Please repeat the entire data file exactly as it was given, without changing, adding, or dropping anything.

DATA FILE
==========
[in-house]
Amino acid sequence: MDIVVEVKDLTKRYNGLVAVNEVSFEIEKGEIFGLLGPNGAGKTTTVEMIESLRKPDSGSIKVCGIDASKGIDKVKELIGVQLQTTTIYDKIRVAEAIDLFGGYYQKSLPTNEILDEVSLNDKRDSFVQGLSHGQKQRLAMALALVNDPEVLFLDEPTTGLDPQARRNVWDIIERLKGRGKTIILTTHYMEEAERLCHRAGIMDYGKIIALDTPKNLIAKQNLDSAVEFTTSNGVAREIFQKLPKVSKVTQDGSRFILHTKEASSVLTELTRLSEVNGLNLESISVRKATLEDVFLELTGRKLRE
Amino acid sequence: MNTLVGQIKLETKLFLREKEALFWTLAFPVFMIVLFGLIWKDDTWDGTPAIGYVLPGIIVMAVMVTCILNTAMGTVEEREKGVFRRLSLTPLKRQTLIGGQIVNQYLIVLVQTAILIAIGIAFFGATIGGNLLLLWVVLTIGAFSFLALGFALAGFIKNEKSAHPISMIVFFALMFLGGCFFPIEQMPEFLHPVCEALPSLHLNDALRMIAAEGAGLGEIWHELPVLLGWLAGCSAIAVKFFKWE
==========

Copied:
[in-house]
Amino acid sequence: MDIVVEVKDLTKRYNGLVAVNEVSFEIEKGEIFGLLGPNGAGKTTTVEMIESLRKPDSGSIKVCGIDASKGIDKVKELIGVQLQTTTIYDKIRVAEAIDLFGGYYQKSLPTNEILDEVSLNDKRDSFVQGLSHGQKQRLAMALALVNDPEVLFLDEPTTGLDPQARRNVWDIIERLKGRGKTIILTTHYMEEAERLCHRAGIMDYGKIIALDTPKNLIAKQNLDSAVEFTTSNGVAREIFQKLPKVSKVTQDGSRFILHTKEASSVLTELTRLSEVNGLNLESISVRKATLEDVFLELTGRKLRE
Amino acid sequence: MNTLVGQIKLETKLFLREKEALFWTLAFPVFMIVLFGLIWKDDTWDGTPAIGYVLPGIIVMAVMVTCILNTAMGTVEEREKGVFRRLSLTPLKRQTLIGGQIVNQYLIVLVQTAILIAIGIAFFGATIGGNLLLLWVVLTIGAFSFLALGFALAGFIKNEKSAHPISMIVFFALMFLGGCFFPIEQMPEFLHPVCEALPSLHLNDALRMIAAEGAGLGEIWHELPVLLGWLAGCSAIAVKFFKWE